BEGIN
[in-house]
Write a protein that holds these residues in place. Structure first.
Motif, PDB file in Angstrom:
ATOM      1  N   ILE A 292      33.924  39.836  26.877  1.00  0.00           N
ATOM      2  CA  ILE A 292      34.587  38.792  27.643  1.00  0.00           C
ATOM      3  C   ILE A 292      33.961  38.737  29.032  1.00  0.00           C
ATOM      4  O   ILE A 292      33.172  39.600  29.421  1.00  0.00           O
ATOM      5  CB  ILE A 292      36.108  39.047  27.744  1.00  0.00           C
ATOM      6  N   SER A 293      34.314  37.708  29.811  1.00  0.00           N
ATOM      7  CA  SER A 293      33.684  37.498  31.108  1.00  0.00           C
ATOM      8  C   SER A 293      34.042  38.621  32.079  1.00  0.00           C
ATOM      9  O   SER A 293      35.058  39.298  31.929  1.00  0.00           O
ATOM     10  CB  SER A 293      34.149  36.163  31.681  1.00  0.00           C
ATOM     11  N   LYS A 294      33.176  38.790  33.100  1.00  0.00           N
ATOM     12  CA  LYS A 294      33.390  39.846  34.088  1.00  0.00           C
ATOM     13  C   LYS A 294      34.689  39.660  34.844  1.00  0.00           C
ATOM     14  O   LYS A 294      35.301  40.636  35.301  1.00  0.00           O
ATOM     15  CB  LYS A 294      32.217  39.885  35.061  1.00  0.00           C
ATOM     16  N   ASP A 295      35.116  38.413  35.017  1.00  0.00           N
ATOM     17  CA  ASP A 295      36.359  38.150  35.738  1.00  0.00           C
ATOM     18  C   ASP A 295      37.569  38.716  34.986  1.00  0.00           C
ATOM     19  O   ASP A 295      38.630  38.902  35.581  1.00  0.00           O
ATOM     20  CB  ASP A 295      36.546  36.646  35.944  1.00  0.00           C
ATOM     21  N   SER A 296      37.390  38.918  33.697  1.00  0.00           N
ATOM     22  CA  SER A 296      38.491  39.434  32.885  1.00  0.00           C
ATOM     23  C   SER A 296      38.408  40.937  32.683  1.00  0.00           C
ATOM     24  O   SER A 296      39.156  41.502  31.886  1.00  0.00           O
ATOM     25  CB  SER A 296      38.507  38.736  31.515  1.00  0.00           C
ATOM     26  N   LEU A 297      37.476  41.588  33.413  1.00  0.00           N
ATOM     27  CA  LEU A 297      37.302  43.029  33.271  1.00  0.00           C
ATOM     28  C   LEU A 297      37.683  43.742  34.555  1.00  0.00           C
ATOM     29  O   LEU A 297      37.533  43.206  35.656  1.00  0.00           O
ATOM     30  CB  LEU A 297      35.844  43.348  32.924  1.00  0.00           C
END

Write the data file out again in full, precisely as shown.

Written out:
[in-house]
Write a protein that holds these residues in place. Structure first.
Motif, PDB file in Angstrom:
ATOM      1  N   ILE A 292      33.924  39.836  26.877  1.00  0.00           N
ATOM      2  CA  ILE A 292      34.587  38.792  27.643  1.00  0.00           C
ATOM      3  C   ILE A 292      33.961  38.737  29.032  1.00  0.00           C
ATOM      4  O   ILE A 292      33.172  39.600  29.421  1.00  0.00           O
ATOM      5  CB  ILE A 292      36.108  39.047  27.744  1.00  0.00           C
ATOM      6  N   SER A 293      34.314  37.708  29.811  1.00  0.00           N
ATOM      7  CA  SER A 293      33.684  37.498  31.108  1.00  0.00           C
ATOM      8  C   SER A 293      34.042  38.621  32.079  1.00  0.00           C
ATOM      9  O   SER A 293      35.058  39.298  31.929  1.00  0.00           O
ATOM     10  CB  SER A 293      34.149  36.163  31.681  1.00  0.00           C
ATOM     11  N   LYS A 294      33.176  38.790  33.100  1.00  0.00           N
ATOM     12  CA  LYS A 294      33.390  39.846  34.088  1.00  0.00           C
ATOM     13  C   LYS A 294      34.689  39.660  34.844  1.00  0.00           C
ATOM     14  O   LYS A 294      35.301  40.636  35.301  1.00  0.00           O
ATOM     15  CB  LYS A 294      32.217  39.885  35.061  1.00  0.00           C
ATOM     16  N   ASP A 295      35.116  38.413  35.017  1.00  0.00           N
ATOM     17  CA  ASP A 295      36.359  38.150  35.738  1.00  0.00           C
ATOM     18  C   ASP A 295      37.569  38.716  34.986  1.00  0.00           C
ATOM     19  O   ASP A 295      38.630  38.902  35.581  1.00  0.00           O
ATOM     20  CB  ASP A 295      36.546  36.646  35.944  1.00  0.00           C
ATOM     21  N   SER A 296      37.390  38.918  33.697  1.00  0.00           N
ATOM     22  CA  SER A 296      38.491  39.434  32.885  1.00  0.00           C
ATOM     23  C   SER A 296      38.408  40.937  32.683  1.00  0.00           C
ATOM     24  O   SER A 296      39.156  41.502  31.886  1.00  0.00           O
ATOM     25  CB  SER A 296      38.507  38.736  31.515  1.00  0.00           C
ATOM     26  N   LEU A 297      37.476  41.588  33.413  1.00  0.00           N
ATOM     27  CA  LEU A 297      37.302  43.029  33.271  1.00  0.00           C
ATOM     28  C   LEU A 297      37.683  43.742  34.555  1.00  0.00           C
ATOM     29  O   LEU A 297      37.533  43.206  35.656  1.00  0.00           O
ATOM     30  CB  LEU A 297      35.844  43.348  32.924  1.00  0.00           C